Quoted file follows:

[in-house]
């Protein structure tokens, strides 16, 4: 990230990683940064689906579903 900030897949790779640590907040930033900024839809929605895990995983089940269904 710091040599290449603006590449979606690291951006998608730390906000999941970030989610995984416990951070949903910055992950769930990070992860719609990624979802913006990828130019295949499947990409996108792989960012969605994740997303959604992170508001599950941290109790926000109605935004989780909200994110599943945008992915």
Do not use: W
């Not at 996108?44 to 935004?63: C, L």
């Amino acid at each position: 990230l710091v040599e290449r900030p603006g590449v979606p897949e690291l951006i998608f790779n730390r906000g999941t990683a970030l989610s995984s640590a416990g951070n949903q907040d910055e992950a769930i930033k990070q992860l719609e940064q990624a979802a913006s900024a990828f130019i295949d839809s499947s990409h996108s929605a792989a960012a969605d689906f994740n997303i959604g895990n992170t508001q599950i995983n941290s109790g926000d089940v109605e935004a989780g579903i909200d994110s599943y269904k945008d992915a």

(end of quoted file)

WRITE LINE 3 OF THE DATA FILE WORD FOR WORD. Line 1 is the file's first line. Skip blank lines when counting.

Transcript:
Do not use: W